Who Do We Think They Are?
Deep Purple and Metal Studies
Andy R. Brown [+–]
Who Do We Think We Are (1973) was the fourth and final studio album of the mk.2 Deep Purple line-up of Ritchie Blackmore, Ian Gillan, Roger Glover, Jon Lord and Ian Paice, the band that had recorded the seminal In Rock (1970), Fireball (1971) and Machine Head (1972) albums. At the time of release, Deep Purple were the most successful, top-grossing, stadium-touring heavy rock band on the planet; a position confirmed by the virtuoso performances captured on the double live album, Made in Japan (1972), and the chart success of the single, ‘Smoke on the Water’ (May 1973), which climbed to no. 4 on the Billboard Hot 100. The idea for the title of the album came from drummer Ian Paice, who told Melody Maker that the band received ‘piles of passionate letters either violently against or pro-the group’, with the angry one’s typically beginning: “Who do Deep Purple think they are.” (July 1972) This quote appears at the centre of the double-page album artwork, which is made up of a collage of press-clippings and headlines that dramatically contrast the success of the band with the controversy that surrounded it, particularly negative reviews of the band smashing up their equipment as the finale to their live performances. This highlighting of a lack of consensus or critical division of opinion over the musical merits of the band notably appeared three years before the cartoon-illustrated booklet, ‘The Ten Year War’ given away with the Black Sabbath album Technical Ecstasy (1976), which similarly collates negative press clippings. The decision to entitle the final-vinyl box set of Sabbath (2017) with this same title (and a reproduction of the booklet) encouraged many reviewers to narrate this story of a lack of critical acceptance that was slowly, even grudgingly, rescinded over time; only finally, retrospectively overhauled, once the depth of influence of the Sabbath and all those who were to follow them was fully appreciated.
What this volume seeks to do, in bringing together a host of innovative and internationally recognised Metal Music scholars, is intellectually contest this now well-established orthodoxy in arguing that Purple were equally, if not more critically derided, as proponents of ‘heavy metal’ rock. But it was their success, amidst this controversy, in communicating – over the course of a series of ground-breaking studio albums and especially in live performance -with a new, younger rock audience, that helped to define the genre template we now recognise as ‘classic’ heavy metal. Without this success, heavy metal would not have developed in the way that it did nor forged a lasting bond with its audience amidst the controversy which surrounded its rise; a controversy which centred, in particular, on the manner in which it choose to communicate with this audience, through extremes of volume and dramatic musicianship, particularly live. Indeed, the now legendary, genre-defining phrase ‘everything louder than everything else’ that epitomises the distortion-drenched and over-driven power of hard rock and heavy metal, played through a wall of 100watt Marshall amps, is actually derived from an on-stage interchange, caught on the Made in Japan album, where lead singer Ian Gillan somewhat bemusedly passes on Ritchie Blackmore’s request, ‘Can we have everything louder than everything else’, to sound engineer Martin Birch.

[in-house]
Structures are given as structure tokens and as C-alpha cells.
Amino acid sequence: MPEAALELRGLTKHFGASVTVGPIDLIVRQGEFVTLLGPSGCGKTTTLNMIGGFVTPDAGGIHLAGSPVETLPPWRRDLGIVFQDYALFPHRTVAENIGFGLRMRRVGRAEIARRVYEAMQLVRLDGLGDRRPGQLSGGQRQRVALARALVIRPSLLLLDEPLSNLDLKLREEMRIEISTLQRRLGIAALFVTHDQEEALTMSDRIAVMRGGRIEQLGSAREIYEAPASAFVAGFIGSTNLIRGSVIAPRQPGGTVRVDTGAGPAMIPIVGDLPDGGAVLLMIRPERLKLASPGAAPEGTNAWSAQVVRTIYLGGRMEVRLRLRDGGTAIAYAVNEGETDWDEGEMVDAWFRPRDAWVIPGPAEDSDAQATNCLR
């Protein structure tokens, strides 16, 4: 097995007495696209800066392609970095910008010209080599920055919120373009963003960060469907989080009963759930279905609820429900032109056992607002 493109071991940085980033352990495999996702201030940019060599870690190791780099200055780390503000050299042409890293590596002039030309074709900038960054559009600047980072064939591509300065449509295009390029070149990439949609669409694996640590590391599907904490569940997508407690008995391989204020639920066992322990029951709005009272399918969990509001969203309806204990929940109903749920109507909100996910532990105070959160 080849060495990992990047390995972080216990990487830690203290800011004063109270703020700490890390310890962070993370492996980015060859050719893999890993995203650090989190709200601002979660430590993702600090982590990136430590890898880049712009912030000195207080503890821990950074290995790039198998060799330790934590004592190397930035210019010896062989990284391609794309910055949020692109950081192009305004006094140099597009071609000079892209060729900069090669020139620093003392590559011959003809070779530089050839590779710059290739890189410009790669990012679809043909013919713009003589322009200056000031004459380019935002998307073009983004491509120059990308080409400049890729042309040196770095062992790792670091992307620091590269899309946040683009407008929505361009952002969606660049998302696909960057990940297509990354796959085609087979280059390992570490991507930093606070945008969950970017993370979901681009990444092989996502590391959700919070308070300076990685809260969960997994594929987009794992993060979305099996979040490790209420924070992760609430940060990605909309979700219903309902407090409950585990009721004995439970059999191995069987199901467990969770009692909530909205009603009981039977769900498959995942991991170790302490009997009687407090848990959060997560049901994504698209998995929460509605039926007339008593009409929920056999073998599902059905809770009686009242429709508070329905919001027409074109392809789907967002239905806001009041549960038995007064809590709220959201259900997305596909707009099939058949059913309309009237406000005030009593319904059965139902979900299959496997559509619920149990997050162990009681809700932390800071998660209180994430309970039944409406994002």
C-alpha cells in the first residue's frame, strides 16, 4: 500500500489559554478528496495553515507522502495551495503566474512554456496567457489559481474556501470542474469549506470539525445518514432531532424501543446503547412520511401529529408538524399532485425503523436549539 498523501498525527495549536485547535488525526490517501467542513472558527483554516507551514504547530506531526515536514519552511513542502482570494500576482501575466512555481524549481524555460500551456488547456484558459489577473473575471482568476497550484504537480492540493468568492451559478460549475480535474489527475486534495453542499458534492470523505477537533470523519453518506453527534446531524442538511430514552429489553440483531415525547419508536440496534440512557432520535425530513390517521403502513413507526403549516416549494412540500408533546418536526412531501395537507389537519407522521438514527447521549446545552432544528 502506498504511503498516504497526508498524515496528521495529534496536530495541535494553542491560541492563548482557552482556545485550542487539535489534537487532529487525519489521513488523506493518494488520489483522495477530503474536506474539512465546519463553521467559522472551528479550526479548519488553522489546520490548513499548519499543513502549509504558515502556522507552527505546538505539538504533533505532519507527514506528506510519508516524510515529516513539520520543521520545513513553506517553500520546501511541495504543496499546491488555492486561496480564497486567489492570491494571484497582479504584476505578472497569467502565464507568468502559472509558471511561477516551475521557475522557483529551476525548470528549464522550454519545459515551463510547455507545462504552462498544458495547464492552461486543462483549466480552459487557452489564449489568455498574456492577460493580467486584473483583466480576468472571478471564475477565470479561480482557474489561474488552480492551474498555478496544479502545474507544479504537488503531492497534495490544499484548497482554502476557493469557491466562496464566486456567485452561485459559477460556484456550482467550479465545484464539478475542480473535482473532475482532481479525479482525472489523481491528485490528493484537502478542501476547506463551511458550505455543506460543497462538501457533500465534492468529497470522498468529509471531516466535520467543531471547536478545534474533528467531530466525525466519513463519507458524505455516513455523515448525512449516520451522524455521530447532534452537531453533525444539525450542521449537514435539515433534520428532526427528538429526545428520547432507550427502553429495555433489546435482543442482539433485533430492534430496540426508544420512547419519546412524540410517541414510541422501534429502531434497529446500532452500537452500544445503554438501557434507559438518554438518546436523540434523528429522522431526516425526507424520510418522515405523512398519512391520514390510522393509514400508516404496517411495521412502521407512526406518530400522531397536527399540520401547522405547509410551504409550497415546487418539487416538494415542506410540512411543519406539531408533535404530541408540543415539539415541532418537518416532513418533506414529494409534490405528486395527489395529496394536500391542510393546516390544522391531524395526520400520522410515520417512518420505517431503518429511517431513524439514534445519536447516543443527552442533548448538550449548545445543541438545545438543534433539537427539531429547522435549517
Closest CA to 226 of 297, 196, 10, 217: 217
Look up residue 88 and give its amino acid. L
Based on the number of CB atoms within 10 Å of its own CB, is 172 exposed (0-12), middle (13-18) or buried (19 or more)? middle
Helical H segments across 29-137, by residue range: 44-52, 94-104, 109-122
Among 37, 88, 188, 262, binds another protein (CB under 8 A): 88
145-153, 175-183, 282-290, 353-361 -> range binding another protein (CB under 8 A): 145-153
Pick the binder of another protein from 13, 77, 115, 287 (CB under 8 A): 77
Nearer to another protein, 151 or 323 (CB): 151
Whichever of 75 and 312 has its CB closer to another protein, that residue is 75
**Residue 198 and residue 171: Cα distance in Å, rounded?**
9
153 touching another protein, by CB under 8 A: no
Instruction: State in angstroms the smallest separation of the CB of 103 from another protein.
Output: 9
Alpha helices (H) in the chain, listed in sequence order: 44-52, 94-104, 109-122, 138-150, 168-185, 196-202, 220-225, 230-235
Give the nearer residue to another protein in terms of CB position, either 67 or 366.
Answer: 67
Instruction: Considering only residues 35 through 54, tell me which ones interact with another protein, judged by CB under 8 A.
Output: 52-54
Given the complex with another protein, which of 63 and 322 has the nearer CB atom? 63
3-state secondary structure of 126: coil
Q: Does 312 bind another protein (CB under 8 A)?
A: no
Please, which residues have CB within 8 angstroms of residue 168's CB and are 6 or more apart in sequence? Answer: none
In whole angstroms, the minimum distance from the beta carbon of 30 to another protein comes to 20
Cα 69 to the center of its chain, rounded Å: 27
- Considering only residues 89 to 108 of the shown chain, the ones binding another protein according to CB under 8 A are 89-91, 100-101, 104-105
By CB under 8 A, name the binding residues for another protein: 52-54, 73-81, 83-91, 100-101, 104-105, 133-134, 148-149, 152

But the book goes further, in not just seeking to put the seminal mk. 2 Purple line-up back at the centre of the formation of the heavy metal genre in its classic phase, but also to trace artistic and musical influence of it and later iterations, such as Blackmore and Dio’s Rainbow, on subsequent metal bands, metal musicians and metal sub-genre styles, such as speed metal, neo-classical ‘baroque’, symphonic and progressive metal, as well as most obviously power metal. Topics covered in this wide-ranging volume, include: the contrasting critical reception of Deep Purple in the French music press in the early 1970s and the 1984 mk. 2 reunion; Purple’s Influence on Russian hard ‘n’ heavy music behind the Iron Curtain; Ian Gillan and the legacy of the operatic voice in heavy metal; Jon Lord’s legacy in hard rock keyboard virtuosity; distinguishing hard rock and metal in the seminal styles of Deep Purple, Uriah Heep, and Black Sabbath; analysing the virtuoso drumming style of Ian Paice; studying Deep Purple’s tonal idioms and their influence on heavy metal rock; how Ritchie Blackmore and Tommy Bolin’s contrasting guitar styles reshaped Deep Purple in their own image; the music of Jon Lord and Ritchie Blackmore post-Purple and Simon Robinson, the Deep Purple Appreciation Society and the remastering of Purple’s classic albums. With a Foreword by the band’s own Roger Glover, this volume will appeal to metal scholars, musicologists, music historians, music critics and metal and hard rock fans around the globe.
Series: Studies in Popular Music
£26.95 / $34.00
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